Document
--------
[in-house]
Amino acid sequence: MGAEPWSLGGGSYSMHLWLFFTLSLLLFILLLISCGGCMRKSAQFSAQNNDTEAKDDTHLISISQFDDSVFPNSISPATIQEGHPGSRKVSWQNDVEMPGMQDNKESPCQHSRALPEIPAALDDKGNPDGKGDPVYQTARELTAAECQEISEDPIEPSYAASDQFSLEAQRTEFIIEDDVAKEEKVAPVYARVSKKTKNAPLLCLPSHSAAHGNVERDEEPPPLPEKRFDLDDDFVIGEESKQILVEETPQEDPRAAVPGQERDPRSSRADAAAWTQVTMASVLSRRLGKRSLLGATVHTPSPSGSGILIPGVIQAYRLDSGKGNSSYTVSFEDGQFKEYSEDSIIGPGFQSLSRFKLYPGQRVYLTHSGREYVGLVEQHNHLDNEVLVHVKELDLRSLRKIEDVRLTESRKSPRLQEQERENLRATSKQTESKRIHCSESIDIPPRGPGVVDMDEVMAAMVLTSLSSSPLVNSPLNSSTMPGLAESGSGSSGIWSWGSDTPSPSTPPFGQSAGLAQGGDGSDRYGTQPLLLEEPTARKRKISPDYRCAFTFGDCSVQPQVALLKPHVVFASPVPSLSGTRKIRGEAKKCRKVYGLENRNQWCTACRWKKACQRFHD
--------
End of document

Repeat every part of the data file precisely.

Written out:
[in-house]
Amino acid sequence: MGAEPWSLGGGSYSMHLWLFFTLSLLLFILLLISCGGCMRKSAQFSAQNNDTEAKDDTHLISISQFDDSVFPNSISPATIQEGHPGSRKVSWQNDVEMPGMQDNKESPCQHSRALPEIPAALDDKGNPDGKGDPVYQTARELTAAECQEISEDPIEPSYAASDQFSLEAQRTEFIIEDDVAKEEKVAPVYARVSKKTKNAPLLCLPSHSAAHGNVERDEEPPPLPEKRFDLDDDFVIGEESKQILVEETPQEDPRAAVPGQERDPRSSRADAAAWTQVTMASVLSRRLGKRSLLGATVHTPSPSGSGILIPGVIQAYRLDSGKGNSSYTVSFEDGQFKEYSEDSIIGPGFQSLSRFKLYPGQRVYLTHSGREYVGLVEQHNHLDNEVLVHVKELDLRSLRKIEDVRLTESRKSPRLQEQERENLRATSKQTESKRIHCSESIDIPPRGPGVVDMDEVMAAMVLTSLSSSPLVNSPLNSSTMPGLAESGSGSSGIWSWGSDTPSPSTPPFGQSAGLAQGGDGSDRYGTQPLLLEEPTARKRKISPDYRCAFTFGDCSVQPQVALLKPHVVFASPVPSLSGTRKIRGEAKKCRKVYGLENRNQWCTACRWKKACQRFHD